May we all be well, and safe, and free from suffering.
May we all know peace and happiness.
May we all dwell in love…’
Over the new few days, as we patiently await further pointers on the easing of the lockdown I will be exploring in more depth the theme of change.
Rev Sean Swindells
Cruden Parish Church
I wait for you to answer.
I wait for the first light of dawn.
I wait for you.
I wait for you.
I wait for you.
My waiting is my prayer.
In the pain of the waiting I feel my longing for you.
I long for you to be here.
I wait for your arrival, you who has always been here.
In the waiting I know a larger space in my soul is being excavated.
I can feel the growing emptiness.
But I know that it will be filled
with your gracious, loving presence.
Make me ready to receive you.
Prayers in a time of coronavirus
Love never fails
Even in the darkest moments, love gives hope.
Love compels us to fight against coronavirus alongside our sisters and brothers living in poverty.
Love compels us to stand together in prayer with our neighbours near and far.
Love compels us to give and act as one.
Now, it is clear that our futures are bound together more tightly than ever before.
As we pray in our individual homes – around the nation and around the world – we are united as one family.
So, let us pause and find a moment of peace, as we lift up our hearts together in prayer.
Prayers of thanksgiving and intercession
For the health workers tending the seriously ill
for the scientists working on a vaccination
for the researchers analysing data and identifying trends
for the media outlets working to communicate reality
for the supermarket workers, hygiene and sanitation providers
for the good news stories of recoveries and effective planning
for the singing from balconies by locked-down communities
for the recognition that isolation doesn’t need to mean loneliness
for the notes through letterboxes offering help and support
for the internet and telephones and technology that connects
for the awakened appreciation of what is truly important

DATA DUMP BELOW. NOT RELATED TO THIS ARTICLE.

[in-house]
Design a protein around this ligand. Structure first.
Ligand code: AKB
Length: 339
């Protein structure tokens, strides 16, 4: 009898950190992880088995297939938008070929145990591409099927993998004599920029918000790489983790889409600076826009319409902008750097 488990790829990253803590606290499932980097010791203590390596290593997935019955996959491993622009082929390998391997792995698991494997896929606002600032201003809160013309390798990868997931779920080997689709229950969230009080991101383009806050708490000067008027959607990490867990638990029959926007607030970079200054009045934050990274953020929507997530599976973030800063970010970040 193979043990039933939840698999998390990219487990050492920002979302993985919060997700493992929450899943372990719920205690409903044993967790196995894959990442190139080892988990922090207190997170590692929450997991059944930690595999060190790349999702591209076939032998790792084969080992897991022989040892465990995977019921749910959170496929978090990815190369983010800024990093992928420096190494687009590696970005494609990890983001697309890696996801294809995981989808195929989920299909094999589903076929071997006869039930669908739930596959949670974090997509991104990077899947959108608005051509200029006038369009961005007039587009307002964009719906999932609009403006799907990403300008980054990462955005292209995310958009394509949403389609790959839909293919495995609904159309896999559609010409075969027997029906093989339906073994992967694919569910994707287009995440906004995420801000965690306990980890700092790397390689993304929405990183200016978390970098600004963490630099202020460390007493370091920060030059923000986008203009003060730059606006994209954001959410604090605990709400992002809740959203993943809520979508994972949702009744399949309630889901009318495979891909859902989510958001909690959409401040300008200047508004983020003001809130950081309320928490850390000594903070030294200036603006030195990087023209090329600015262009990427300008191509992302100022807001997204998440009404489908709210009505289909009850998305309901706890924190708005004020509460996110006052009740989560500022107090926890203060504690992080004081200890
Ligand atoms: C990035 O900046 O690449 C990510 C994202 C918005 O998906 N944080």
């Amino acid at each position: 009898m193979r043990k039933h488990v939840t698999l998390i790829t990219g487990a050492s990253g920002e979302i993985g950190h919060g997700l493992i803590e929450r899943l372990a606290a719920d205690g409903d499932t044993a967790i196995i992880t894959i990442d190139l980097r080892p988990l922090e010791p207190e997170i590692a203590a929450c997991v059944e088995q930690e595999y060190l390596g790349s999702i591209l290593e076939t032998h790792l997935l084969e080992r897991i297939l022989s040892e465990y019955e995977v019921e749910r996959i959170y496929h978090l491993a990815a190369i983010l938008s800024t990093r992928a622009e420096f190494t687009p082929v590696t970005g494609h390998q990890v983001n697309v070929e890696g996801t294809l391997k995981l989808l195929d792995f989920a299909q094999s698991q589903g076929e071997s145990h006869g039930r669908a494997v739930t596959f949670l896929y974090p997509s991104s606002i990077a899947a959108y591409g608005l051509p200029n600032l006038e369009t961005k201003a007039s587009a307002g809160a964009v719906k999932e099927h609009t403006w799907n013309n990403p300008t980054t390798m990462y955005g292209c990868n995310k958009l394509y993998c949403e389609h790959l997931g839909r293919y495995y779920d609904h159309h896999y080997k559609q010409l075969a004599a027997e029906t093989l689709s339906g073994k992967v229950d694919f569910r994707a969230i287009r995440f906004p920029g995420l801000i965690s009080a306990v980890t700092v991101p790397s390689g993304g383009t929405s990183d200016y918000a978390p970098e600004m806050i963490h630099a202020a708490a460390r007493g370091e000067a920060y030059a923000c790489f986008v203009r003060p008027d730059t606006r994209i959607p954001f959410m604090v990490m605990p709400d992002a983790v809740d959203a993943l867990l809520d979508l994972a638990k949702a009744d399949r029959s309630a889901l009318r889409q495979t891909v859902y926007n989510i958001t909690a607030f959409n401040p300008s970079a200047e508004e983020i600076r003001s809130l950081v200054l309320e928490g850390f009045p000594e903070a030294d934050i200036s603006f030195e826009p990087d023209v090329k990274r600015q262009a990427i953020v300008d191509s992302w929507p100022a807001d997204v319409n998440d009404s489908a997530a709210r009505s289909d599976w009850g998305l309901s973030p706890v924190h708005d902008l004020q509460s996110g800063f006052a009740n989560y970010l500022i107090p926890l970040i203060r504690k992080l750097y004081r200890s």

Thanks be to God.
For those who are unwell and concerned for loved ones
for those who were already very anxious
for those immune suppressed or compromised
for those vulnerable because of underlying conditions
for those in the ‘most at risk to coronavirus’ categories
for those watching their entire income stream dry up
for those who have no choice but to go out to work
for those who are afraid to be at home
for those who are more lonely than they've ever been
for those who are bereaved and grieving.
God be their healer, comfort and protection,
be their strength, shield and provision
be their security, safety and close companion
And raise up your Church
to be your well-washed hands and faithful feet
to be present to the pain
to respond with love in action
if even from a safe distance.
God, in your mercy, Hear our prayer.
The Lord’s prayer
Our Father in heaven,
hallowed be your name,
your kingdom come,
you will be done,
on earth as in heaven.
Give us today our daily bread.
Forgive us our sins
as we forgive those who sin against us.
Save us from the time of trial
and deliver us from evil.
For the kingdom, the power
and the glory are yours
now and forever.
Let the majesty of the Father
be the light by which you walk,
the compassion of the Son
be the love by which you walk,
the presence of the Spirit
be the power by which you walk.